Pseudo scientific Software Engineering

Created 15th December, 2007 15:09 (UTC), last edited 16th December, 2007 04:07 (UTC)

Edsger Dijkstra didn't like software engineers:

The required techniques of effective reasoning are pretty formal, but as long as programming is done by people that don't master them, the software crisis will remain with us and will be considered an incurable disease. And you know what incurable diseases do: they invite the quacks and charlatans in, who in this case take the form of Software Engineering gurus.

That smarts. A lot. Not least because whenever I'm asked what I do for a living I reply that I'm a “Software Engineer”.

Dijkstra is right of course. Software Engineering is pseudo science¹ [1Dijkstra didn't use the term pseudo science, but that is what it appeared as on Reddit.] rather than science proper in all the ways that Karl Popper meant when he first described the difference. And yes, software engineers are quacks compared to computer scientists. But that's OK because we're not doing the same job.

I think there really are two closely related disciplines. Computer Science is formal methods and proofs as Dijkstra described. Its use is where the specifications are known. Software Engineering isn't helped by its misnomer, because it isn't engineering at all. It's about communication and discovery.

Software Engineering techniques attempt to put working code in front of somebody as quickly as possible in order to try to answer the question “is this what you meant?” It works from a basis of unknown and un-knowable specifications. As a software engineer you cannot prove that your software meets its specification because the first specification that you get which you could hope to try to prove is when you have working software in front of people who are happy using it — you'll know when you're there because it'll be at the end of a successful project.

Part of the confusion comes because different parts of the same project have each of these two different perspectives. There are algorithmically challenging parts of any real world application that certainly need to be done using the approach Dijkstra advocates, but there are also parts where the maxim about the definition of porn² [2“I know it when I see it”.] is far more illuminating to show us the right approach when trying to understand user' needs. Of course it's often the same developers dealing with both aspects.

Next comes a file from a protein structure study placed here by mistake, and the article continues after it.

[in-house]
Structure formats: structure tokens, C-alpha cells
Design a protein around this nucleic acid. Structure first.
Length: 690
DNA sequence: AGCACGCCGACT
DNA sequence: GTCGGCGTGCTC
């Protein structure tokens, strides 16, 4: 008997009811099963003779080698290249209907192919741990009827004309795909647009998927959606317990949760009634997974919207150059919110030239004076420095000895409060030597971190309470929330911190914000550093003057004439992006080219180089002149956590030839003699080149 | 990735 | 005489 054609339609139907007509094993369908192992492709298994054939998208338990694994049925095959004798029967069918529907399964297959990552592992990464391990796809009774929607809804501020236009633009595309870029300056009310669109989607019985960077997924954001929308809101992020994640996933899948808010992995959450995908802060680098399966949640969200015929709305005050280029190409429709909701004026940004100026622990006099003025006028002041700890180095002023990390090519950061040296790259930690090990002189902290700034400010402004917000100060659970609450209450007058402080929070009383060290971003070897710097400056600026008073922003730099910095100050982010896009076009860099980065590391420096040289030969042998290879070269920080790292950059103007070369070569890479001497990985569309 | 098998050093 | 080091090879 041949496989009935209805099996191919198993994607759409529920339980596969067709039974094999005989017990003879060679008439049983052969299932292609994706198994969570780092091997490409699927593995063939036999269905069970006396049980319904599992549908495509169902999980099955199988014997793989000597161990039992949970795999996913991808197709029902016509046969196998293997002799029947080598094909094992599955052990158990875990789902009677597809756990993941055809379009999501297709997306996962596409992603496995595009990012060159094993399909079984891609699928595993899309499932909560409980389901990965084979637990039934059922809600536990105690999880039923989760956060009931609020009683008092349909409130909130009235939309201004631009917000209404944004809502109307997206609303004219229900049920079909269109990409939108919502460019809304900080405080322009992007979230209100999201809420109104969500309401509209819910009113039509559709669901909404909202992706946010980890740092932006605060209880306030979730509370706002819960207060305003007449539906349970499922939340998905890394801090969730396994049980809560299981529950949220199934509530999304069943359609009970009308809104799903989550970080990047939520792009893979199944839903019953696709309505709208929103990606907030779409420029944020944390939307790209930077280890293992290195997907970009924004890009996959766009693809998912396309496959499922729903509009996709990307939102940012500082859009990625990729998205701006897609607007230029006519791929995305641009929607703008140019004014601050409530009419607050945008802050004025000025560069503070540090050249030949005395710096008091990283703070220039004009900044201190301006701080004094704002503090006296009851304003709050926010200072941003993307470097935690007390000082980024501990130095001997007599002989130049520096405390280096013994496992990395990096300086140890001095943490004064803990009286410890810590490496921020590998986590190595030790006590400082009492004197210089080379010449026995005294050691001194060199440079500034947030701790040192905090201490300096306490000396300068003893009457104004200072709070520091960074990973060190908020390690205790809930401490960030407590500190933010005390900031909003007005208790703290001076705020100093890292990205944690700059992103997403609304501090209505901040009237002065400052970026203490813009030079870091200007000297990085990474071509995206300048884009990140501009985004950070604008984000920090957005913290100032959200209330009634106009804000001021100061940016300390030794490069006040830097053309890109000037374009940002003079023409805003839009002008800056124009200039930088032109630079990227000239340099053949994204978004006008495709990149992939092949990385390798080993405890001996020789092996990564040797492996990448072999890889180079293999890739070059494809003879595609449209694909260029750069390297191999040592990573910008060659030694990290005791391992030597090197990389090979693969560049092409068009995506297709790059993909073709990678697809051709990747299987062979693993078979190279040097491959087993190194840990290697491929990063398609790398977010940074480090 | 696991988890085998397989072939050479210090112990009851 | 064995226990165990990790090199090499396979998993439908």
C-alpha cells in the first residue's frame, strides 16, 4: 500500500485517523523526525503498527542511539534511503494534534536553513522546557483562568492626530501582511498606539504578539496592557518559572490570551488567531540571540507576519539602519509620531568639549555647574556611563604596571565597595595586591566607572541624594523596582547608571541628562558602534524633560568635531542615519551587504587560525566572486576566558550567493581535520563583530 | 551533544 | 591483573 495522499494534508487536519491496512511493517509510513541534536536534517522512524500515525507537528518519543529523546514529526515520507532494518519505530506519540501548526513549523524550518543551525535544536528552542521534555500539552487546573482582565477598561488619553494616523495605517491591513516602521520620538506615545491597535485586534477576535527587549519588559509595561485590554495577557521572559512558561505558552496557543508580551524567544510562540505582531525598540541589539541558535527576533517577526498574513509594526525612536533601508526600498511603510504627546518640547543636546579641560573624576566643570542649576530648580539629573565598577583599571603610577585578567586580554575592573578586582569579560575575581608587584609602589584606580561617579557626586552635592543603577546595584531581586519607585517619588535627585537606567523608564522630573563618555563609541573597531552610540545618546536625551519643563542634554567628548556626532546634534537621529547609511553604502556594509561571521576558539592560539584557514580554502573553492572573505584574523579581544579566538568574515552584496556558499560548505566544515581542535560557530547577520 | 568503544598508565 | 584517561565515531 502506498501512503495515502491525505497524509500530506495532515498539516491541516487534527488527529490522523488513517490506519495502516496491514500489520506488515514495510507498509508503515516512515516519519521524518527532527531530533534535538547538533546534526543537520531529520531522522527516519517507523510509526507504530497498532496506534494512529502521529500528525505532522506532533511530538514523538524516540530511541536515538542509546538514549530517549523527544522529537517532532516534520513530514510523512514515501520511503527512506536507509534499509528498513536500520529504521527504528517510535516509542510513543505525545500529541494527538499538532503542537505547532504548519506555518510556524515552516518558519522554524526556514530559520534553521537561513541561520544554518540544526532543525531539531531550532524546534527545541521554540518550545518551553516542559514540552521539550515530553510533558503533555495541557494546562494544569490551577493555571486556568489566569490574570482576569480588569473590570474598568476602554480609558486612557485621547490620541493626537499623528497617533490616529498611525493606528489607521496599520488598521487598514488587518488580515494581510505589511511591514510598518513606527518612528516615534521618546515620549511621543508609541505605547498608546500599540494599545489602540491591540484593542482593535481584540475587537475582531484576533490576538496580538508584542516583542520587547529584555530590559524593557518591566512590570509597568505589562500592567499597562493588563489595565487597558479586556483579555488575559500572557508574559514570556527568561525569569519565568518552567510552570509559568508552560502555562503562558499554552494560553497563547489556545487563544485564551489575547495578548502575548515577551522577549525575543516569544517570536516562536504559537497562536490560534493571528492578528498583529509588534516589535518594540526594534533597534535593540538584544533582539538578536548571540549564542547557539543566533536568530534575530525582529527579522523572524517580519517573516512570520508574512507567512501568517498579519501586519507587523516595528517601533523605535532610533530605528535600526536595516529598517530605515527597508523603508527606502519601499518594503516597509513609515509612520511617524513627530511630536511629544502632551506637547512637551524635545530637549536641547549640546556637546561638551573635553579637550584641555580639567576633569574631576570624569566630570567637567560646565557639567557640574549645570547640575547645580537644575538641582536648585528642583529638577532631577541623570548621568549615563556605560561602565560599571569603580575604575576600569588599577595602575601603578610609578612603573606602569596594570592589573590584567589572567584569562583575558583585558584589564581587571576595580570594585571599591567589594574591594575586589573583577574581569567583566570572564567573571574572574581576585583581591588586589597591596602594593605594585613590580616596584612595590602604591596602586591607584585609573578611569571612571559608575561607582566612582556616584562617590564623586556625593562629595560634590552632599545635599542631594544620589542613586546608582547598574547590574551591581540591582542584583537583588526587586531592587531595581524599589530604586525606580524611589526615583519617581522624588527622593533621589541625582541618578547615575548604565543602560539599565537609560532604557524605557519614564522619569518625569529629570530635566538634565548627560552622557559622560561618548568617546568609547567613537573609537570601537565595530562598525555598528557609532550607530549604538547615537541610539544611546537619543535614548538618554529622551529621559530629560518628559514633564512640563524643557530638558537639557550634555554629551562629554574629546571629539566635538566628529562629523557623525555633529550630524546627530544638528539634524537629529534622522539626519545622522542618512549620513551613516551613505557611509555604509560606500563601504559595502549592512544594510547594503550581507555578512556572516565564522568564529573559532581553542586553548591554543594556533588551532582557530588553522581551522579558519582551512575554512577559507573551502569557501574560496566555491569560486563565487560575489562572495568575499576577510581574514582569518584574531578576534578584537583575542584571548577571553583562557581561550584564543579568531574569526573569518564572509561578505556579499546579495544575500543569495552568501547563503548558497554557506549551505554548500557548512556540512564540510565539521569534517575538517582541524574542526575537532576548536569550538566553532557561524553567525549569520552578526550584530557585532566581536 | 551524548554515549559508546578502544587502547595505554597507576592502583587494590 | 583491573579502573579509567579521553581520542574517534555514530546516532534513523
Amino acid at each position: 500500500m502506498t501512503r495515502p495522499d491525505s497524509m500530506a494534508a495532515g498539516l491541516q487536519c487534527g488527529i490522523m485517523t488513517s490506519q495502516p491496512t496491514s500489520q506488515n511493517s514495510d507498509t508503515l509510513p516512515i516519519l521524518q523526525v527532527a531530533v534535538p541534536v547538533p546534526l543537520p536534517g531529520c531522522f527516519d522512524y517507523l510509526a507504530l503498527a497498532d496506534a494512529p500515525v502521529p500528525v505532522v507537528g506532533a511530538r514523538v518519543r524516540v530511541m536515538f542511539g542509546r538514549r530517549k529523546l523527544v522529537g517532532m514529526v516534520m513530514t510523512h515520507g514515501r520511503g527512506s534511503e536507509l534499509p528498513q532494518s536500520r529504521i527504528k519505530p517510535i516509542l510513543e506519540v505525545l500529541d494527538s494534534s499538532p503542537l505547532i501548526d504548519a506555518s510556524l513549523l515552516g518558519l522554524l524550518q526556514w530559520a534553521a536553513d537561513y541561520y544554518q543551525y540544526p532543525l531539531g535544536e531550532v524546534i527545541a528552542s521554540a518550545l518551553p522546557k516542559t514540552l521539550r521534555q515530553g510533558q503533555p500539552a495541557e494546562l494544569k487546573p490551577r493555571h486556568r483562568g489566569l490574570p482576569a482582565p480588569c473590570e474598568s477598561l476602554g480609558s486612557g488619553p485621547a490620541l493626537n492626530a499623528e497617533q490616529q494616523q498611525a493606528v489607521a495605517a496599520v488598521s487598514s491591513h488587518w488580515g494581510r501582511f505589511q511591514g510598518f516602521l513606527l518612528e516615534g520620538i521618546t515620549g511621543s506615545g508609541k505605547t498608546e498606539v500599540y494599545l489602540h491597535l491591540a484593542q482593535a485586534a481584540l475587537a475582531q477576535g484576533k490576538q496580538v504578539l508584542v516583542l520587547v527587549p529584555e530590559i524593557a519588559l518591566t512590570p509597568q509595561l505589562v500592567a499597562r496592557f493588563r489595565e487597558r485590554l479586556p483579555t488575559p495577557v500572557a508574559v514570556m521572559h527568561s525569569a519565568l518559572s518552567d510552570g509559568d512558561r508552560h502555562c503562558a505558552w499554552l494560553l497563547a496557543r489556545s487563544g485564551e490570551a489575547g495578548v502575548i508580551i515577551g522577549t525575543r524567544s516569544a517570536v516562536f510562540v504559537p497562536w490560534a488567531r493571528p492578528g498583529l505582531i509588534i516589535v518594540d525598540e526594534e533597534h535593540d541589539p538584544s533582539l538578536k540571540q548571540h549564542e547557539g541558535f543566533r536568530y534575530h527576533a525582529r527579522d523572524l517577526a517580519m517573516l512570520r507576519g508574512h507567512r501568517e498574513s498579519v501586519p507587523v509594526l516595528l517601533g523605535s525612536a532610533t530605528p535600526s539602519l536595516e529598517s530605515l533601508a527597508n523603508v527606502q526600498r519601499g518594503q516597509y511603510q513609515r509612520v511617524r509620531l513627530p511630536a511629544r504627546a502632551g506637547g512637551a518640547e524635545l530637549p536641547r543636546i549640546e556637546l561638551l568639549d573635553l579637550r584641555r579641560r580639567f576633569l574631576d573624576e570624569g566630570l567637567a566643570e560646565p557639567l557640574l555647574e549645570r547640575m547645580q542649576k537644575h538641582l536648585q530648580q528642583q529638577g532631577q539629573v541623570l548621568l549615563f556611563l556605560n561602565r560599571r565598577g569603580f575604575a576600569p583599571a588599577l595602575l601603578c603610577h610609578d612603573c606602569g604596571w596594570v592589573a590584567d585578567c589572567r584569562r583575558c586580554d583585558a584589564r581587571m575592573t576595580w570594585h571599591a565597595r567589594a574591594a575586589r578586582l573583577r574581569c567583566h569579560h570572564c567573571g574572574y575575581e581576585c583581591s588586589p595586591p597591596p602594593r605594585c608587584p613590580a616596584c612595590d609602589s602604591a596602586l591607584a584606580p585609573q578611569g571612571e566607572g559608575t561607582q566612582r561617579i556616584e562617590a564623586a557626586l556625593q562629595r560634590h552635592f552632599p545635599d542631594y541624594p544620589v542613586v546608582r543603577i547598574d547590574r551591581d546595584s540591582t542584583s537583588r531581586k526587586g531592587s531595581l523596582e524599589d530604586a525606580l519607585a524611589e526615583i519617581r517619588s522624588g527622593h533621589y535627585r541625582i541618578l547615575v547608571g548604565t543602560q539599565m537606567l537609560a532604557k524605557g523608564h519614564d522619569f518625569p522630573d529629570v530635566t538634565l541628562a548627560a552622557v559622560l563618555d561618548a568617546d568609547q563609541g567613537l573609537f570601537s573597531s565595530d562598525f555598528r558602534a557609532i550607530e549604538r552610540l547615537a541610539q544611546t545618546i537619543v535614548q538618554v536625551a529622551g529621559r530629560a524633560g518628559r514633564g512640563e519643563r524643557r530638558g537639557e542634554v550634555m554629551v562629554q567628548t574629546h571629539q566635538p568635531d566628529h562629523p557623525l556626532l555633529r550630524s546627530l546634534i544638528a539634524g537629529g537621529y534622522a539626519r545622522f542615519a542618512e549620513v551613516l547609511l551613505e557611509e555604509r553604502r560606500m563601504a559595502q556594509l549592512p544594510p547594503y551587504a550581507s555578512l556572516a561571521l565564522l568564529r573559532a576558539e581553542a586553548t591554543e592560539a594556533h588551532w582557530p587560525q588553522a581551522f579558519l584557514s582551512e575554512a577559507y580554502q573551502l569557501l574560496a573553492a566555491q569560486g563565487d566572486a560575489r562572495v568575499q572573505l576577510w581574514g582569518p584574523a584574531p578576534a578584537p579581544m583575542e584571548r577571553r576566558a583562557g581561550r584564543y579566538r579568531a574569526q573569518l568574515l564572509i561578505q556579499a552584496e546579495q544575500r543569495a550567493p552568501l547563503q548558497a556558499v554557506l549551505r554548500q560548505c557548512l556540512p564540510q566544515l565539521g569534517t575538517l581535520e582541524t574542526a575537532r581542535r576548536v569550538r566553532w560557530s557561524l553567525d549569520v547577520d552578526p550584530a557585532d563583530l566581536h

This is why software engineering techniques like Agile try to get something — anything — in front of the customer as early as possible³ [3We tried to get to understand the users enough to be able to work to the level of formal proofs. The approach is called “waterfall” and it was shown not to be very good in practice. No matter how much the software conformed to its specification, it still didn't do what was actually needed.]. The truth is that despite being the only species on the planet that holds meetings we're not actually very articulate about anything we can't point to, and often not even then.

The task of the software engineer is to give the user something to point to so that we can give them the best chance to tell us what they really want and need. Popper's notion of “prediction” to turn it into science doesn't work because there isn't anything formal enough to predict until the project is over.

The whole practice revolves around the software engineer's empathy to the needs of the user (something we're generally famously lacking) producing the right result. Software engineers know that they're not going to get paid to learn what they have to produce separately form producing it, so they have developed techniques to allow them to deliver the best quality software possible at the same time that they finally understand the requirements.

Software engineering is pseudo science and rightly so. It will continue to be so right up until the point when users and businesses can give us software specifications with a set of axioms we can use to derive our proofs from. Right now we're lucky if we get a list of conjectures to work from.

Follow up: It's all my fault :(


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